Works of art such as Akshayambara and Queen-Size enable us to question the ever dynamic, chaotic present moment where various social, political and economic forces are shaping, moulding and changing our lives. The multiple voices that speak through these shifts and transmutations frame our imaginations of the collective futures we desire.
‘Never again will a single story be told as though it’s the only one’, wrote John Berger, in his novel G in 1972. And then he pledged half the money from the Booker Prize that G was awarded to the Black Panthers, ‘turning the prize against itself’. This refers to the slave trade or profits from the sugar manufacture in the Caribbean which contributed to the wealth of the sponsor. Challenging the singularity of stories, the official versions of history and homogenous documented facts about our past – has been the work of artists. This has enabled the simultaneous telling of many histories, especially belonging to those voices that get drowned by the more dominant ones. Thus, Cesar Cruz – an American gang violence prevention advocate and academic at the Harvard University, and Banksy – a British artist have both been attributed the saying that the arts must disturb the comfortable – the ones who are cushioned in power, determining most times what and whose history must be written. Arts must also comfort the disturbed, they add – those who struggle with and resist that power, speaking from their own marginalities, creating and chronicling their own histories.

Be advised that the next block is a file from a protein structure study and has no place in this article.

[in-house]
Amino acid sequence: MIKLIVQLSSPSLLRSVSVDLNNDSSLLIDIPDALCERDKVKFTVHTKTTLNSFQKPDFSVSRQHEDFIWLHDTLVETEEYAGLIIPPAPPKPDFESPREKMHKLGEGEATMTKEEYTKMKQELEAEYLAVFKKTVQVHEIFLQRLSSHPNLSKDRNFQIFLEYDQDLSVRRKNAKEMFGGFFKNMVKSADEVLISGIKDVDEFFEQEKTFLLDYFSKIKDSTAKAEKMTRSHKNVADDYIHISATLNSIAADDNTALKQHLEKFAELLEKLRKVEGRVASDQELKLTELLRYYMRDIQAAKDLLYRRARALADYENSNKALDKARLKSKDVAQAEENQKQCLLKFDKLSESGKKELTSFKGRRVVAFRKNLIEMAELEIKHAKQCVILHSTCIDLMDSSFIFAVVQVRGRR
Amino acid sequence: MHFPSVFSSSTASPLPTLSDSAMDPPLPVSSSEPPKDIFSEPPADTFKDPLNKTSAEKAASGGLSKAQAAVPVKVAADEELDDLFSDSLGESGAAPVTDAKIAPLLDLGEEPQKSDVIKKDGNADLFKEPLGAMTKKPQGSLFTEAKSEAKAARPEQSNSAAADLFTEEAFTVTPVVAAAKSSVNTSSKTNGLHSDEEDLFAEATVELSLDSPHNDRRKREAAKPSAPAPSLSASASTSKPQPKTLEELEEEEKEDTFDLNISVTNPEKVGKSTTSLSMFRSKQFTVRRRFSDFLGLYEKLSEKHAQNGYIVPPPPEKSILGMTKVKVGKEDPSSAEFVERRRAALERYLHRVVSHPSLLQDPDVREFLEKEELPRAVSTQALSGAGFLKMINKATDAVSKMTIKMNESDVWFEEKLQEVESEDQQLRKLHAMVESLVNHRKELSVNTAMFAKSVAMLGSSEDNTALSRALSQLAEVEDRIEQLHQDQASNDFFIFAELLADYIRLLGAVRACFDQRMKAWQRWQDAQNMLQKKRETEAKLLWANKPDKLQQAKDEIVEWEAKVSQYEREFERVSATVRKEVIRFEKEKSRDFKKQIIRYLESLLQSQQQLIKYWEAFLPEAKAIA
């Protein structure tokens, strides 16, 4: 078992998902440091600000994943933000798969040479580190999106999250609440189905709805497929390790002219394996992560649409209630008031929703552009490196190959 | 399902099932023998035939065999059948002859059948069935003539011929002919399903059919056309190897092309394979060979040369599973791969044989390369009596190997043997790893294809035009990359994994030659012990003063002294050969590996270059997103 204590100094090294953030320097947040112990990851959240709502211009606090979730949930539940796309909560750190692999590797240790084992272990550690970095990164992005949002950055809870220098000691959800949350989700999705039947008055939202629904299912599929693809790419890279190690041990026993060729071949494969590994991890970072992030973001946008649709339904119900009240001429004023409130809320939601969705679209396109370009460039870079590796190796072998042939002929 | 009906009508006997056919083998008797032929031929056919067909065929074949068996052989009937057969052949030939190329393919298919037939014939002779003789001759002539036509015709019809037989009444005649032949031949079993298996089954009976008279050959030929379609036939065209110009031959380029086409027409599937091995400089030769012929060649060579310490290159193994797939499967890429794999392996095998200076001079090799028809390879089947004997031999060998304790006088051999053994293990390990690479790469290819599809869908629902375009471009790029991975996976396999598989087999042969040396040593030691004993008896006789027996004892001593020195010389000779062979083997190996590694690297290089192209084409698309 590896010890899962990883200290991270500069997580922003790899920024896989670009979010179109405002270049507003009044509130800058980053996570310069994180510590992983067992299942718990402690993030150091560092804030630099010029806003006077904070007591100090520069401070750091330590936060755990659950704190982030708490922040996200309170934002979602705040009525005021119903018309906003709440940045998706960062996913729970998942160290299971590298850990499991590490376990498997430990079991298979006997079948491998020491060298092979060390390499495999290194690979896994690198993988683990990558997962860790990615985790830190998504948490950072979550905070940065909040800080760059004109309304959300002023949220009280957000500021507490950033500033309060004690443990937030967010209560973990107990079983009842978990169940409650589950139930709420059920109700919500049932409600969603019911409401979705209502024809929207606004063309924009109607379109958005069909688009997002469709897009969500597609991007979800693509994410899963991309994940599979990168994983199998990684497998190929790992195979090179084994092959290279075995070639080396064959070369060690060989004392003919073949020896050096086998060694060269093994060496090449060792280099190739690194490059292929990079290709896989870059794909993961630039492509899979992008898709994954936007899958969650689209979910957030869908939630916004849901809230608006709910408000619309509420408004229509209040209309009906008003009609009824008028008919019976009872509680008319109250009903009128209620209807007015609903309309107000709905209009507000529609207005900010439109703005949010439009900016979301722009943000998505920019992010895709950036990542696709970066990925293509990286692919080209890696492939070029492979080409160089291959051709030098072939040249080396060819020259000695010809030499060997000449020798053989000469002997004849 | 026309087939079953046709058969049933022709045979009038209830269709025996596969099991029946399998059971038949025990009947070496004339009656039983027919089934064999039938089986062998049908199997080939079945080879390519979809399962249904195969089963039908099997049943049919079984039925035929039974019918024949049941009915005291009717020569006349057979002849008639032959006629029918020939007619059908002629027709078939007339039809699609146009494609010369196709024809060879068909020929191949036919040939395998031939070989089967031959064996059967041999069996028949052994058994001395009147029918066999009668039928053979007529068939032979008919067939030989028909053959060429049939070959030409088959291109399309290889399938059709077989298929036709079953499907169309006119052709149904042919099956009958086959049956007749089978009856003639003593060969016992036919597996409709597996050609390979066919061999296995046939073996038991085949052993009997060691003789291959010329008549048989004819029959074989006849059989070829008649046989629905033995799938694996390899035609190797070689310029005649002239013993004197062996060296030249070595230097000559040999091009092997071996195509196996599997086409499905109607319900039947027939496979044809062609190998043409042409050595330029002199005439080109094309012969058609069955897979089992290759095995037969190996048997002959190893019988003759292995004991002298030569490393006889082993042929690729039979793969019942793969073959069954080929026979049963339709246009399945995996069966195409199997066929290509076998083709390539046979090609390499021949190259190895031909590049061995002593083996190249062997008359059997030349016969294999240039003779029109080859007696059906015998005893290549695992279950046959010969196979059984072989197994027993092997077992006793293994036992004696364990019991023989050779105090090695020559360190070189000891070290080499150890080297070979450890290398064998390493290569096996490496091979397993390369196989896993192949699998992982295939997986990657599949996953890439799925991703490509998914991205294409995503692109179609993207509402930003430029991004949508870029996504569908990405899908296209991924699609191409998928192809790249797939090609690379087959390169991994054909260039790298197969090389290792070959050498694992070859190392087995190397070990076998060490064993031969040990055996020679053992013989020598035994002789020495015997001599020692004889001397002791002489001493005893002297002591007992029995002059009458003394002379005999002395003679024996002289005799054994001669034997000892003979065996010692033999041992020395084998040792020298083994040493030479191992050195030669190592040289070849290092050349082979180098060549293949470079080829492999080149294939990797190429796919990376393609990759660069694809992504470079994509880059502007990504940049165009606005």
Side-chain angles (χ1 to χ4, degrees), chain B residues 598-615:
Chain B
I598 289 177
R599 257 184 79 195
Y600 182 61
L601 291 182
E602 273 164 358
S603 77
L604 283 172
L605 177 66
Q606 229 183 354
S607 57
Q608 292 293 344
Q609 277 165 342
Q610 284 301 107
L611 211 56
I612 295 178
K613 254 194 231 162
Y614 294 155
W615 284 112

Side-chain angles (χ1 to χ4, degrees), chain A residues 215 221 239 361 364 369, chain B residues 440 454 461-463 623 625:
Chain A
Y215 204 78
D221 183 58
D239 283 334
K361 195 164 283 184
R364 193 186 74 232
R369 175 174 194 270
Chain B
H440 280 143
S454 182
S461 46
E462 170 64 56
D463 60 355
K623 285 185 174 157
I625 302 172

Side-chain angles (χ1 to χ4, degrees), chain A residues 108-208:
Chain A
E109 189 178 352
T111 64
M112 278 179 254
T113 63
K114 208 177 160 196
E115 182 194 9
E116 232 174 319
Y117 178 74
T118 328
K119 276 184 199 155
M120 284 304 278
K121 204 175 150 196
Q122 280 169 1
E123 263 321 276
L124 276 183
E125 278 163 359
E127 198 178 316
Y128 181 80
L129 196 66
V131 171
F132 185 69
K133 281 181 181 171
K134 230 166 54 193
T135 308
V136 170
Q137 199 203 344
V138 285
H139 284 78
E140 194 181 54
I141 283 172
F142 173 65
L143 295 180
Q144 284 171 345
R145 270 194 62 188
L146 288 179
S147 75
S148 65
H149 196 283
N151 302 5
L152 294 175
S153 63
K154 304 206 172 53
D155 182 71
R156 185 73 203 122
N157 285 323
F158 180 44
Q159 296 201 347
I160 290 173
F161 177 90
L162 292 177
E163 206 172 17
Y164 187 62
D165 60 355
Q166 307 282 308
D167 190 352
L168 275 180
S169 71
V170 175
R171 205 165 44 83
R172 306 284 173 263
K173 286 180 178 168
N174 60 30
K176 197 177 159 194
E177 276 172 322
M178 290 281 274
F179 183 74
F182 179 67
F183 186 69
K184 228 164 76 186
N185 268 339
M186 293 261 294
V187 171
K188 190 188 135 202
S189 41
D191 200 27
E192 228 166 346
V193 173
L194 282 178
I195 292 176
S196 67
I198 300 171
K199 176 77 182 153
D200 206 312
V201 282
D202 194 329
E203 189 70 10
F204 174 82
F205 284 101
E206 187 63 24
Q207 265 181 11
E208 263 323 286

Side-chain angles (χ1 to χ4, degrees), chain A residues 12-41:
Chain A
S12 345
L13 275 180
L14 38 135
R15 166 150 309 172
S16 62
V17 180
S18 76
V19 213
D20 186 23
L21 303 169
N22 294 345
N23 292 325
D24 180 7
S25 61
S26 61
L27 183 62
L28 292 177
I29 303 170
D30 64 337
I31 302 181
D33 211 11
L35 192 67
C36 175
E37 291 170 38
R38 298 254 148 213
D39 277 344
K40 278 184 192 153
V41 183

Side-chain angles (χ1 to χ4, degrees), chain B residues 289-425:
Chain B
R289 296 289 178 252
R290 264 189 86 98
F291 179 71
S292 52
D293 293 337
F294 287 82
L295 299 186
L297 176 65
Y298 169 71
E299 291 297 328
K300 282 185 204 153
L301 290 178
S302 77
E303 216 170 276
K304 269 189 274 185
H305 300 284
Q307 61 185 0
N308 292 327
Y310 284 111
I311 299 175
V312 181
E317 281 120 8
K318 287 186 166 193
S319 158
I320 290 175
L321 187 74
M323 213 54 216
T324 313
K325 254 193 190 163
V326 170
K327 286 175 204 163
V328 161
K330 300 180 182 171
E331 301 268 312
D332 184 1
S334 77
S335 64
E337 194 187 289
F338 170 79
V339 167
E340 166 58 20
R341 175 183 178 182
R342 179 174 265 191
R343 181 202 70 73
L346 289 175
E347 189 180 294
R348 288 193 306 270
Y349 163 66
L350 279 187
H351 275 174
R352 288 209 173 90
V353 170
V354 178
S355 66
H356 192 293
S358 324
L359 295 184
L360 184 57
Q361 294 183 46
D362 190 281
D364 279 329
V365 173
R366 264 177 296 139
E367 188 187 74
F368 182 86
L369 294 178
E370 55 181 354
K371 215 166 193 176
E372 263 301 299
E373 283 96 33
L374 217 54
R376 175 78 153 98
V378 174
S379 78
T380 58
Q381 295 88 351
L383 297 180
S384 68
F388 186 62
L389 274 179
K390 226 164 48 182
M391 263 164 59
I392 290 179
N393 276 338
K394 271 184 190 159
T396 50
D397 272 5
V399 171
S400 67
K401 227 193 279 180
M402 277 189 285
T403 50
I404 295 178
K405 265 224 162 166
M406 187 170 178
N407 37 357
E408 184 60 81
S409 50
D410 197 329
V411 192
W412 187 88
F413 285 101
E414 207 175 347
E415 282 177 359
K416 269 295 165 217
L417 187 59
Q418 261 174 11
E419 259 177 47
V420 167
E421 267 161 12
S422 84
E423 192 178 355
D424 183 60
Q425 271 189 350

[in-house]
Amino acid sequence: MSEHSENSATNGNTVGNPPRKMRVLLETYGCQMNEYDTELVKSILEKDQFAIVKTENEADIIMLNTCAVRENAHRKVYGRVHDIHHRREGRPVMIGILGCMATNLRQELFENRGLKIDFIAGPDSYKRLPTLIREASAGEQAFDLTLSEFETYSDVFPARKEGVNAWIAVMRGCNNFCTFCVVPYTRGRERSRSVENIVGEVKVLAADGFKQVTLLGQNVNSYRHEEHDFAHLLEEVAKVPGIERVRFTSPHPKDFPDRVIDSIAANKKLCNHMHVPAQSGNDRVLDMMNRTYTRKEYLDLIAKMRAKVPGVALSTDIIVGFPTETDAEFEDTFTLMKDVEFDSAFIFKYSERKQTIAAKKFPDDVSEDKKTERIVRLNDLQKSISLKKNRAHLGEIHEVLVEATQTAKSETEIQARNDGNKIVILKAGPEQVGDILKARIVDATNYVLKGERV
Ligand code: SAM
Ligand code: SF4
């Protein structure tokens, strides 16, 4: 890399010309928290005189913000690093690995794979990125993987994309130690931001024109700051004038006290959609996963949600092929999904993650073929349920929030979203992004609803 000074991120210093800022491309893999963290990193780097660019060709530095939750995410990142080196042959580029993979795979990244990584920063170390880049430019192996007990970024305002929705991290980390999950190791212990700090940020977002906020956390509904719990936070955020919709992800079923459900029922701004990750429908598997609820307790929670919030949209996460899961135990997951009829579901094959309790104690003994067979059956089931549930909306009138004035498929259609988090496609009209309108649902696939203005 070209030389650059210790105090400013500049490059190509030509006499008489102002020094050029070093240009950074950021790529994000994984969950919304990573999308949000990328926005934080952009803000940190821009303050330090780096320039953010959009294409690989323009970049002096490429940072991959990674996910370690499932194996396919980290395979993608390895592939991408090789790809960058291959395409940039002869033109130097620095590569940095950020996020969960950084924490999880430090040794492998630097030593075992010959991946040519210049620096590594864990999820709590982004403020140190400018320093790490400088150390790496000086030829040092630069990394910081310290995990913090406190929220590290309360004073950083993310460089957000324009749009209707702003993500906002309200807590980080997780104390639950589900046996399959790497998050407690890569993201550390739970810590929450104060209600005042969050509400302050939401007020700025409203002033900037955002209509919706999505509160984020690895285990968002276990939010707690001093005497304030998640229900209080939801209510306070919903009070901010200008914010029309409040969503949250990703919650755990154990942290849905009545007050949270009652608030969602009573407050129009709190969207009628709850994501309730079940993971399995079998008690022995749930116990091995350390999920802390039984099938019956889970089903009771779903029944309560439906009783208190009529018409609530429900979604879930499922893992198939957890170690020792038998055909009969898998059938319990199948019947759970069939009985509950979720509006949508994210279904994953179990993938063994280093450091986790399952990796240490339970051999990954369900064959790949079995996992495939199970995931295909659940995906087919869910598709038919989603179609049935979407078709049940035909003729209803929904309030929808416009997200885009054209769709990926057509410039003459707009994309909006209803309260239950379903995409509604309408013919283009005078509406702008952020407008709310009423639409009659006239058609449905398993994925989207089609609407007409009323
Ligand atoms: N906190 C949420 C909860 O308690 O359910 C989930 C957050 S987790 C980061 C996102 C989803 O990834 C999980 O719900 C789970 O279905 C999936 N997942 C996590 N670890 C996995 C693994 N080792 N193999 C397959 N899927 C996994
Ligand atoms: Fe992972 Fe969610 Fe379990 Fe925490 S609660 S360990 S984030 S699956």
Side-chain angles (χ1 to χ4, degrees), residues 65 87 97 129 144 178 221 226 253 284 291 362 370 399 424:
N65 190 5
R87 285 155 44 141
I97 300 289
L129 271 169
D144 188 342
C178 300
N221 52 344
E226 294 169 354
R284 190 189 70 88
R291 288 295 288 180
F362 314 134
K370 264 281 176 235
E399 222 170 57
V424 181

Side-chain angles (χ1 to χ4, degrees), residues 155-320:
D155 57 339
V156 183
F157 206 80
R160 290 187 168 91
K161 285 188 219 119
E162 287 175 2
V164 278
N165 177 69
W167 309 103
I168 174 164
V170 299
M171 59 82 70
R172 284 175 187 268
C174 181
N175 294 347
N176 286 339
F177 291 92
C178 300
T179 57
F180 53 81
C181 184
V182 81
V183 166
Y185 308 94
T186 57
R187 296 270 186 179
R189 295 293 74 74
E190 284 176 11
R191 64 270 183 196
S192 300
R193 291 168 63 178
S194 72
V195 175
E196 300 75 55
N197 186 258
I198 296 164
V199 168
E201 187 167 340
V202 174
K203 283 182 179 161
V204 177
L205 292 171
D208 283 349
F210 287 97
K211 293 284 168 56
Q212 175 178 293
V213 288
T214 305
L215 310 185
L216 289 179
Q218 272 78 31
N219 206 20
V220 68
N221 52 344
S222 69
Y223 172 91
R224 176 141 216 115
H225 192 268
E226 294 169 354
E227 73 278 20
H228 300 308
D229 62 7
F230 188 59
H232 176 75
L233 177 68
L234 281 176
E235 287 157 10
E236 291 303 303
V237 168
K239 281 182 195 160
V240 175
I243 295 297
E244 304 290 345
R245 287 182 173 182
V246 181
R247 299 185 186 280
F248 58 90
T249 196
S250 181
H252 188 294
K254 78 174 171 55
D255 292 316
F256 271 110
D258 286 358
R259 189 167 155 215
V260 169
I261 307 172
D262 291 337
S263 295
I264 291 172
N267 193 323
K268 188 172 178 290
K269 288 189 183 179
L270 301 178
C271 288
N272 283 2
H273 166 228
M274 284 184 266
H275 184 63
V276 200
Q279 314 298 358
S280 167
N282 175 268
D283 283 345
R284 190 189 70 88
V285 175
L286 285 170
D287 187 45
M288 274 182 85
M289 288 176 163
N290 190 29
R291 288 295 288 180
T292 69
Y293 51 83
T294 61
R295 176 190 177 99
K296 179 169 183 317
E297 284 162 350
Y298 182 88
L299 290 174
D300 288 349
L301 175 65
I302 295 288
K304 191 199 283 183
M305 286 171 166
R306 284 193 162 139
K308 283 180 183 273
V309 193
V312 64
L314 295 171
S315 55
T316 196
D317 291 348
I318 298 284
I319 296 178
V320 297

(With support from Sumana Chandrashekar, Tanveer Ajsi and Shubham Roy Choudhury at India Foundation for the Arts)
After spending a decade in the corporate sector, Arundhati joined India Foundation for the Arts (IFA) as its first fundraiser in 2001 and assumed office as the Executive Director in 2013. In 2010 she received the Global Fundraiser Award from Resource Alliance International, the same year IFA won the ‘India NGO of the Year’ award in the medium category. She is a recipient of a fellowship under Chevening Clore Leadership Awards (UK) in 2015–16 and has worked with the National Theatre (UK) to recommend a strategy for their national reach over the next 3–5 years. She is also a recipient of the Chevening Gurukul Scholarship for Leadership and Excellence at the London School of Economics in 2005. She often speaks and writes on arts and philanthropy for leading Indian and international non-profit and cultural networks. Arundhati has an Economics degree from Presidency College, Kolkata; a postgraduate degree in management from the Mudra Institute of Communication Ahmedabad; and a degree in classical dance. She is also a published poet in Bangla.